The Law was originally published as a pamphlet in French in 1850 by Frederic Bastiat. It is his most famous work and was written two years after the third French Revolution of 1848. It defines, through development, a just system of laws and then demonstrates how such law facilitates a free society. Bastiat was a French classical liberal theorist, political economist, and member of the French assembly.
"The Principles of Liberty explained."
First published as a pamphlet in 1850 in response to the socialist-communist plans and ideas being adopted in France at that time, The Law remains equally relevant today, as the same ideas are now sweeping America.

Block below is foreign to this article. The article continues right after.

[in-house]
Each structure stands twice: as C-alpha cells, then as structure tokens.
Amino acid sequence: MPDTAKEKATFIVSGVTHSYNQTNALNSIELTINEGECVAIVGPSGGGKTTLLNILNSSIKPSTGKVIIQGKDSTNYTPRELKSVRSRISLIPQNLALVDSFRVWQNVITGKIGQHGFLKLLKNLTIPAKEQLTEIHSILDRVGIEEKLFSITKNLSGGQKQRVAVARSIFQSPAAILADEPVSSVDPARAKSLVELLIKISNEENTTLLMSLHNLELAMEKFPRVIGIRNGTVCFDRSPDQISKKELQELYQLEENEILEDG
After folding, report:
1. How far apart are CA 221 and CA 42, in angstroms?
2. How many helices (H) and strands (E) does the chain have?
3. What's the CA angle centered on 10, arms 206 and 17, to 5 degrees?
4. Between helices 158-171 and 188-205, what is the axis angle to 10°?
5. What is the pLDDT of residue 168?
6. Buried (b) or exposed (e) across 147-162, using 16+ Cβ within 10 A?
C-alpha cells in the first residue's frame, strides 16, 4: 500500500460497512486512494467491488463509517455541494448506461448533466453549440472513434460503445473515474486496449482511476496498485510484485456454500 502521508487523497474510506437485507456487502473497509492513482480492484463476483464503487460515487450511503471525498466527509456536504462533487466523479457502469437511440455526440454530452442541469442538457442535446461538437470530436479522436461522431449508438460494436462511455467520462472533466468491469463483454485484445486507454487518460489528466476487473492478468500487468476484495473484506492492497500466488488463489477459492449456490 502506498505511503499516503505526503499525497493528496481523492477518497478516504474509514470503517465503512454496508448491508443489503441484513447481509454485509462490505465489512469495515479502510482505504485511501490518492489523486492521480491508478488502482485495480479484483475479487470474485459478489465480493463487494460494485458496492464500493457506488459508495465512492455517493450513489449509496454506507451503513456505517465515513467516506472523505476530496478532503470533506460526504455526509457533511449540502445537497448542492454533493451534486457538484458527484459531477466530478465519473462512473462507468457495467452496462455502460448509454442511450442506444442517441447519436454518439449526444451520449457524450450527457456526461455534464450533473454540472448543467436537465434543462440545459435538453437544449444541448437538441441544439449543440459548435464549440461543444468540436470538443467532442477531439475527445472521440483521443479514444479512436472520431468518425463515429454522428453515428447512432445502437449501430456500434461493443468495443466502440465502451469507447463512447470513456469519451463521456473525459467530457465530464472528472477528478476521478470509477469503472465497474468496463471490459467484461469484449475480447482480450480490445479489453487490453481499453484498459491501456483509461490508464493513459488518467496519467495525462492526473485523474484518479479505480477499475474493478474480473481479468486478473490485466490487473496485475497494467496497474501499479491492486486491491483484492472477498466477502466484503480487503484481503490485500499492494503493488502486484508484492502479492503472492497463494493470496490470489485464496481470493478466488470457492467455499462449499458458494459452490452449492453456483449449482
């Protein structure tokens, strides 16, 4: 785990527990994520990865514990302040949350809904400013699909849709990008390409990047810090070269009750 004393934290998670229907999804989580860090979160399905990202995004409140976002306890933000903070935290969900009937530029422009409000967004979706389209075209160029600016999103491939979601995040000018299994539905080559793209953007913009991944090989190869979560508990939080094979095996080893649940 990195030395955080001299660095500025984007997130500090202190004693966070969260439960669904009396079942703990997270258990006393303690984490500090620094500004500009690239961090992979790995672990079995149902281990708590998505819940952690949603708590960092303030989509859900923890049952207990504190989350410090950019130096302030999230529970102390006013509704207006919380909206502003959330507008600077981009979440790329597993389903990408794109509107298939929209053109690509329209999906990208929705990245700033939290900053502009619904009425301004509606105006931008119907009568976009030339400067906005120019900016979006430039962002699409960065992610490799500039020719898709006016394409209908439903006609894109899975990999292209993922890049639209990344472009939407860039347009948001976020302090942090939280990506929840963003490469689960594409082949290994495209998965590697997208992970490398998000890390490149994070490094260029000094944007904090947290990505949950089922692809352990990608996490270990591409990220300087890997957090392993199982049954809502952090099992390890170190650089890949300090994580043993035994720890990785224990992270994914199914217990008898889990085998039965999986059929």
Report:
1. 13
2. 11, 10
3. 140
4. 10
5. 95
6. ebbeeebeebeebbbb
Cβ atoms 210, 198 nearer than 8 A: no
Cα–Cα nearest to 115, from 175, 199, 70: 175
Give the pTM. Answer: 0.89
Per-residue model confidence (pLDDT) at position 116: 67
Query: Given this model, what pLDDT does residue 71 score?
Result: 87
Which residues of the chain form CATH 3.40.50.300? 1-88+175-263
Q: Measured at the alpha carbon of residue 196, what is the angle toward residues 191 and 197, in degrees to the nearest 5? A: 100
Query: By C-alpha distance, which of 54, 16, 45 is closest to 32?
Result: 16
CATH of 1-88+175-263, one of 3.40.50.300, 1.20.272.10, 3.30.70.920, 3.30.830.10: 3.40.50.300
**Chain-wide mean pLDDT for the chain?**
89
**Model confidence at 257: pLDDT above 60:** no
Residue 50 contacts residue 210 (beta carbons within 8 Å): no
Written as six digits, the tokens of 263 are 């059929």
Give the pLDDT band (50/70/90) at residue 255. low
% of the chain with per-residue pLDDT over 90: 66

"Essential Reading in Human Thought"
The Liberty Collection includes: "The Law" by Frederic Bastiat (1 hour 20 minutes). Bastiat (bawst ya) (1801-1850) was an economist, a member of the French assembly and an influential libertarian speaker and writer. "The Law", Bastiat's most famous work, argues that the purpose of the law is the protection of individual rights, and that when governments adopt policies favoring particular industries or groups, the law becomes an instrument of injustice and oppression.